With both systems, McDowell said, the goal remains the same: to take human error out of the equation. With biometrics and a physical second factor of authentication, even fraudsters who obtain a password by getting an employee or consumer to give away their PIN or password would be turned away without the second factor of authentication.

“A typical username and password, where the user decides what the secret is and how to protect it, is called a bearer token. And these systems are designed so if anyone has that bearer token, they can gain legitimate access to a network or sensitive information,” he said. “These systems that we are working on are designed to make it so it takes more than a simple bearer token to gain that access.”

By this notion, could stopping the next global malware attack be directly tied to designing impenetrable defense against even the tiniest of human errors? And is there really any way of stopping international hackers determined to wreak havoc? One thing seems increasingly clear, the password is no longer “password.”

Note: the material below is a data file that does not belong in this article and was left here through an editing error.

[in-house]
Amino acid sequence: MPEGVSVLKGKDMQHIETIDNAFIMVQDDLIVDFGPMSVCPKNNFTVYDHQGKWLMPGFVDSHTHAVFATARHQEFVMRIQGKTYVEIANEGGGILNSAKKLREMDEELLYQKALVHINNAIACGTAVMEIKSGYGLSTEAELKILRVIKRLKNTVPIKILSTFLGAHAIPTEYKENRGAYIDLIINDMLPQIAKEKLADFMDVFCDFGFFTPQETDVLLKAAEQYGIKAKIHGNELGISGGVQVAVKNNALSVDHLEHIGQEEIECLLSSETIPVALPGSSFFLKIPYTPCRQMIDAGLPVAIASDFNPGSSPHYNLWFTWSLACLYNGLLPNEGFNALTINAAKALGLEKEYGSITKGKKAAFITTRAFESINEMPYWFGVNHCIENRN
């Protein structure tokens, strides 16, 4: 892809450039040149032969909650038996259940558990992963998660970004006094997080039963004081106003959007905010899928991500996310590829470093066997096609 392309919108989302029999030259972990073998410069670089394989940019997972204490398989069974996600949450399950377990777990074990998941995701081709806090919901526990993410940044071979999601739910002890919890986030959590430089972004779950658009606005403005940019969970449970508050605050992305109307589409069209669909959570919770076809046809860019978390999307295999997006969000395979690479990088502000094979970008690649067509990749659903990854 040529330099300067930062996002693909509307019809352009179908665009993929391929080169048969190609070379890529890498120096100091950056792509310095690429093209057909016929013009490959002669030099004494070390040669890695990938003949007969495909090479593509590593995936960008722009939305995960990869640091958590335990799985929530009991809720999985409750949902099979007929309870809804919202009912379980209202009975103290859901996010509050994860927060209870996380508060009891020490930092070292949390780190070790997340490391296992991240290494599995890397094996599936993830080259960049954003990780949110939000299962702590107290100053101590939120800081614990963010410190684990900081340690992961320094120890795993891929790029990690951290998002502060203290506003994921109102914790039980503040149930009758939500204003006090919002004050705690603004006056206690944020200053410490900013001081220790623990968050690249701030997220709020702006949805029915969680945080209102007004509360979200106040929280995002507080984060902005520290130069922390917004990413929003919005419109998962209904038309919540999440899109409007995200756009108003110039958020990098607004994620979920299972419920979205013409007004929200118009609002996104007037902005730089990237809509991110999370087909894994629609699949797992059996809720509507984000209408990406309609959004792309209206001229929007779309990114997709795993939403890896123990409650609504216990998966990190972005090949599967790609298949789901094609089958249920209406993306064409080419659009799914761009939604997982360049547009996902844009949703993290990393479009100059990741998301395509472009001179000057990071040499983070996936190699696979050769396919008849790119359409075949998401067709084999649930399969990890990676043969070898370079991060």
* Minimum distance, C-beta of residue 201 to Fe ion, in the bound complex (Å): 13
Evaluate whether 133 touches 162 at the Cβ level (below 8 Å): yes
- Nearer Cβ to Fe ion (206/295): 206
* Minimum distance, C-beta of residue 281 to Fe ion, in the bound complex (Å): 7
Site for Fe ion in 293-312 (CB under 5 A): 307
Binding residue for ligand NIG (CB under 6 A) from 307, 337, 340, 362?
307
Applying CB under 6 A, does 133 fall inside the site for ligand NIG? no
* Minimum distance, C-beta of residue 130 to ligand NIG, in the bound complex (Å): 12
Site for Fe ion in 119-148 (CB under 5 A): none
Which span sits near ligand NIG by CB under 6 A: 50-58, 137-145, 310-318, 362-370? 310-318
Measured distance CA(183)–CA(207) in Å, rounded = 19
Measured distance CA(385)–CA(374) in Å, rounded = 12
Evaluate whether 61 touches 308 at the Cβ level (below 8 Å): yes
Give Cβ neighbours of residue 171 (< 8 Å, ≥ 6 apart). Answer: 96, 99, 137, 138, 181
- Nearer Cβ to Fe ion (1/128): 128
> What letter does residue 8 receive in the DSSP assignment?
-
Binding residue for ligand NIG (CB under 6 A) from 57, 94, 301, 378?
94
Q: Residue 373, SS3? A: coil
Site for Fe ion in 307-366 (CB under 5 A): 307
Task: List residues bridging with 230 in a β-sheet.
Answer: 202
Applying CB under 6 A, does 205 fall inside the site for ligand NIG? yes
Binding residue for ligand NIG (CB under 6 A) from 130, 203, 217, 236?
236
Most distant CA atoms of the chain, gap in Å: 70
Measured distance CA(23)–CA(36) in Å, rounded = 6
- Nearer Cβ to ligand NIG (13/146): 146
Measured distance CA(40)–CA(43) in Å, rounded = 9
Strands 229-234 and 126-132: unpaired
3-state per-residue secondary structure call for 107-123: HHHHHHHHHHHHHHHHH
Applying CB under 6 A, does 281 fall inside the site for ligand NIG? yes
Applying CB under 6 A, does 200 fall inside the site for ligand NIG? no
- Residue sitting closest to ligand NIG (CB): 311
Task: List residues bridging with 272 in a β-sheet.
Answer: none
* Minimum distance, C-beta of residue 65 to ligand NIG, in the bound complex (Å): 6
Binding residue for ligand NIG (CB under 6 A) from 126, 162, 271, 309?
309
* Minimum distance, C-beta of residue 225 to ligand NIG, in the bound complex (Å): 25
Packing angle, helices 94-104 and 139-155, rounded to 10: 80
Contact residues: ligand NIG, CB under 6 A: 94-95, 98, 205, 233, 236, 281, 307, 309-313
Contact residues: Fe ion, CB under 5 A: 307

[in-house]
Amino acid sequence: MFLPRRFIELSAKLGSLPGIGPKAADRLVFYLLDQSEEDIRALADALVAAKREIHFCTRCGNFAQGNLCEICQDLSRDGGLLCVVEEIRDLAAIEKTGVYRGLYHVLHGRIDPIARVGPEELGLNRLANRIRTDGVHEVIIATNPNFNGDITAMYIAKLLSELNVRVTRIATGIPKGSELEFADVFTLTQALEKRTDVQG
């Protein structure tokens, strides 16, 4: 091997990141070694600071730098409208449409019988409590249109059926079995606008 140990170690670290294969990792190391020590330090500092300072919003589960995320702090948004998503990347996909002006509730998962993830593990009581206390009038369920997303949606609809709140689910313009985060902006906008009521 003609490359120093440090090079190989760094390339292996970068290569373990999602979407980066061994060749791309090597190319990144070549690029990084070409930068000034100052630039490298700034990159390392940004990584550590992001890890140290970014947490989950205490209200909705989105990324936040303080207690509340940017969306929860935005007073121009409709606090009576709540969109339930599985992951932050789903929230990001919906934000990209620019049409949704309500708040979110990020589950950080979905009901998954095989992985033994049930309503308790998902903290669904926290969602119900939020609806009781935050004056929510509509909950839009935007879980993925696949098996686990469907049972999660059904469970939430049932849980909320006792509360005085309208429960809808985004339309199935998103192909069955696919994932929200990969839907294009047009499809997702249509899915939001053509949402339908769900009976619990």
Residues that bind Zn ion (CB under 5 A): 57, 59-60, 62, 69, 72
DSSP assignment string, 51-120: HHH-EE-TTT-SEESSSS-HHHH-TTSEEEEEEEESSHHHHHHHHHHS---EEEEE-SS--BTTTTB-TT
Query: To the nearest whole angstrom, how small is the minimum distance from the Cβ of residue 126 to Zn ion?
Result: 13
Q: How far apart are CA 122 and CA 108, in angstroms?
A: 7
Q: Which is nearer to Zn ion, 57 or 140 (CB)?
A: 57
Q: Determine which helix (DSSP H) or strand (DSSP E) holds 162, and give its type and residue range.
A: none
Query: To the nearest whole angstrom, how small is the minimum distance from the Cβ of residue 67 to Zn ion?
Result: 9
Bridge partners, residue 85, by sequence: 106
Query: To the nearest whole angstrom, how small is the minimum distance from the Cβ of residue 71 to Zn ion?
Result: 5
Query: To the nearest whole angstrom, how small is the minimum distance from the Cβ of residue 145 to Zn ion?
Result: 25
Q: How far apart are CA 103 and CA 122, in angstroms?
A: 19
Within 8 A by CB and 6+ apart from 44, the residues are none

To download the May edition of the Digital Identity Tracker, click the button below…

 

About the Tracker

The PYMNTS.com Digital Identity Tracker™, powered by Socure, is a forum for framing and addressing key issues and trends facing the entities charged with efficiently and securely identifying and granting permission to individuals to access, purchase, transact or otherwise confirm their identity.